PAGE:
It's time for the second instalment in our three-part series on employment law lessons learned from watching Netflix's Selling Sunset. As always, there are spoilers ahead, so proceed with caution.
If you are new to this series of articles, we are thoughtfully extracting employment law lessons from the fan-favourite reality TV program, Selling Sunset. The show follows some of L.A'.s most successful women realtors, as they compete with the cutthroat L.A. market and each other.
Workplace gossip: Takeaways
It is no surprise that drama abounds in a televised program featuring an inherently competitive workplace. Much of the most notorious pot-stirring takes the form of savage office gossip. The problem with office gossip is that it tends to leak out and cause interpersonal conflicts among coworkers.
A prime example of this occurs in thrilling episode 8 of season 5 (titled "Karma's gonna get you"), when the women of the office gathered for a lavish British-themed tea party, as you do. The realtors arrived to the party decked out in their finest frilly hats and the tea started pouring – literally and figuratively (for the uninitiated, Urban Dictionary defines tea as gossip or personal information belonging to someone else). It didn't take long for tensions to boil over (pun intended). Soon enough, everyone was shouting over each other and nearly every sentence began, "but you said that she said that – ". Suffice it to say, no one left the tea party lukewarm.
Let this serve as an example: while gossiping about a colleague may be a frequent occurrence, it is not as harmless as it may seem. In addition to the hurt feelings and damaged morale, there are also legal risks associated with workplace tea spilling.
If you choose to share your office gossip with outside parties you could be opening yourself up to a civil claim of defamation. If you suspect that defamation claims might be limited to the world of reality TV, you are mistaken. In Booton v. Synergy Plumbing and Heating Ltd, 2019 BCSC 276 an employer inaccurately indicated to some employees that a former employee had been terminated for theft. Consequently, the employer was required to pay damages for defamation.
To make out a claim of defamation, the following must be shown:
- the defendant made a defamatory statement, in the sense that the impugned words would tend to lower the plaintiff's reputation in the eyes of a reasonable person;
- the words in fact referred to the plaintiff; and
- the words were communicated to at least one person other than the plaintiff (Grant v. Torstar corp., 2009 sec 61).
The employer in Booton should not have suggested to other employees that the former employee had stolen money when this was not factual. Generally, employees are not entitled to the details of a co-worker's discipline or termination. Further, employers should not spread rumours or participate in (or condone) gossip regarding the misconduct of employees, including former employees.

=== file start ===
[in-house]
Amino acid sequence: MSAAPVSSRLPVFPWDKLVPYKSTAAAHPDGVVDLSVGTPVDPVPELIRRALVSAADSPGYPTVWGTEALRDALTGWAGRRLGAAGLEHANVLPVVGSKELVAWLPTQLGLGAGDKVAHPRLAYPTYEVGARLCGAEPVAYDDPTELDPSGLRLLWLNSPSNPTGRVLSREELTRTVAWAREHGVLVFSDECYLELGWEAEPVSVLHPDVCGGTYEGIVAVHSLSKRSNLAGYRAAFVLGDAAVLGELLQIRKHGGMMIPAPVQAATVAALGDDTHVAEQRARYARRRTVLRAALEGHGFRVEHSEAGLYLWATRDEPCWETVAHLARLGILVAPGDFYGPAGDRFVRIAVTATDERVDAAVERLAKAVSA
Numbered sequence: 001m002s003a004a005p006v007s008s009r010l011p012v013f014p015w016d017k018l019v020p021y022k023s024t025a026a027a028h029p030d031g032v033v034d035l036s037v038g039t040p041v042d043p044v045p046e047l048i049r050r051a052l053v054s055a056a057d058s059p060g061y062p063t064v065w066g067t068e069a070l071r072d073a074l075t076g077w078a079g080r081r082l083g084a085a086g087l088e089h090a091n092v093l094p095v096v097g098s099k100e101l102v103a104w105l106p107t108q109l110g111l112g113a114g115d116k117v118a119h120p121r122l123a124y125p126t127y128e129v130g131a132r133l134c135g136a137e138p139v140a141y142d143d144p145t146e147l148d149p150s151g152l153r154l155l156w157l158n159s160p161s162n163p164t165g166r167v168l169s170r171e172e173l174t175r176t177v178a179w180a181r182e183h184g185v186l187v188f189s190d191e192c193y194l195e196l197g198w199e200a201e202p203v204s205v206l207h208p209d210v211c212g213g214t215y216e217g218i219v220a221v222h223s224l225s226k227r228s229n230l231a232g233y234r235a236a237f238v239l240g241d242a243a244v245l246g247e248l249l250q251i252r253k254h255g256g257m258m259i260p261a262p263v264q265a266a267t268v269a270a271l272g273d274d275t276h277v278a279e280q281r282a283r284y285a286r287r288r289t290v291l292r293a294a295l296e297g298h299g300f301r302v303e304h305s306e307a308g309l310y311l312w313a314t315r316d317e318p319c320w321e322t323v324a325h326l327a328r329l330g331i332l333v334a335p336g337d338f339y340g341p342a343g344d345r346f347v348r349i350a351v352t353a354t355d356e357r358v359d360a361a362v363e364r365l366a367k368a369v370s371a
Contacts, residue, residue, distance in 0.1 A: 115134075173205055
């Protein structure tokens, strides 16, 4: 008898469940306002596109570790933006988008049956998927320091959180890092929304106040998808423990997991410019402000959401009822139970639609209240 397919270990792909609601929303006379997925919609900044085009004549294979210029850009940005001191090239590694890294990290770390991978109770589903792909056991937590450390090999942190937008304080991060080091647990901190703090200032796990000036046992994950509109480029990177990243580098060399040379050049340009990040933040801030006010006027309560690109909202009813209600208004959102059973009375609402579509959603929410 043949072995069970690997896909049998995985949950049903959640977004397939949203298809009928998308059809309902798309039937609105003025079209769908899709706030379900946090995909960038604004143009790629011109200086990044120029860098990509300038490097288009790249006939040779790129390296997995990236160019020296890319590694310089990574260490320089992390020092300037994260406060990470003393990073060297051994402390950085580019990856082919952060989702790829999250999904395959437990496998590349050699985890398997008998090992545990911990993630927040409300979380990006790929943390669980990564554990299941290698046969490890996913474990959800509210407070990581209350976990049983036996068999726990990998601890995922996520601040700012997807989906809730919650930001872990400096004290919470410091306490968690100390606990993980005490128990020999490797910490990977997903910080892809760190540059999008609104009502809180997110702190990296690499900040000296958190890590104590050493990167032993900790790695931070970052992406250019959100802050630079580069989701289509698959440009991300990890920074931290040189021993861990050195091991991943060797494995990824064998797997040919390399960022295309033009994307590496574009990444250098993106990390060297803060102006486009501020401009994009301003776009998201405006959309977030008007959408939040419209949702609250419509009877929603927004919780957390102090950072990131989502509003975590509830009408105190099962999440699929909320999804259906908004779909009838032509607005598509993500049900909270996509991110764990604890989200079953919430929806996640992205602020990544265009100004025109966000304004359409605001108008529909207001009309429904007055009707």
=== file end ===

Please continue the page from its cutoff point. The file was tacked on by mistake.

An employer has a duty to provide a safe workplace for employees. Gossip may constitute bullying and harassment, contrary to B.C.'s Workers' Compensation Act and other occupational health and safety legislation across Canada. Bullying and harassment can arise even when a comment is not made directly to the target employee, but the target employee hears about it later from a third party.
In A1800359 (Re), 2019 141606, the Workers' Compensation Appeal Tribunal considered derogatory comments made by a manager about a worker behind her back. In this case, the comments were not enough to establish bullying or harassment. The fact that the worker did not hear the name-calling directly diminished its potential threatening or abusive impact. Direct name-calling has a more immediate and profound effect than hearing of the name-calling alter the fact from a third person. However, the tribunal did not foreclose the possibility that a similar incident could constitute bullying and harassment under different circumstances.
Employment lawyers can build a busy practice conducting workplace investigations into bullying and harassment allegations. In our experiences, many complaints of bullying and harassment include allegations of gossip. Such complaints often lead to costly investigations and complaints to workers' compensation bodies.
3. Constructive Dismissal
In Bovin v. Over the Rainbow Packaging Services Inc. 2017 ONSC 1143, constructive dismissal damages were awarded where an employer was found to have created a poisoned work environment. Gossip can be a factor in creating a hostile or poisoned work environment.
The test for determining whether a poisoned work environment amounts to constructive dismissal is articulated in Shah v. Xerox Canada Ltd.  O.J. No. 4349:
The test ... is whether the conduct of the manager was such that a reasonable person in the circumstances should not be expected to persevere in the employment.... If the employer's conduct in the particular circumstances passes so far beyond the bounds of reasonableness that the employee finds continued employment to be intolerable, there will, in my view, be constructive dismissal whether or not the employee purports to resign.
This test is not applied lightly and certainly does not apply in all instances of bullying and harassment. Justice Elizabeth Arnold-Bailey found in Danielisz v. Hercules Forwarding Inc. 2012 BCSC 1155 that the employee was engaged in "poisoning the working environment" as much as she was the targeted employee. Consequently, the court dismissed the employee's constructive dismissal claim.
Previously printed in The Lawyer's Daily, a LexisNexis Canada publication.
The content of this article is intended to provide a general guide to the subject matter. Specialist advice should be sought about your specific circumstances.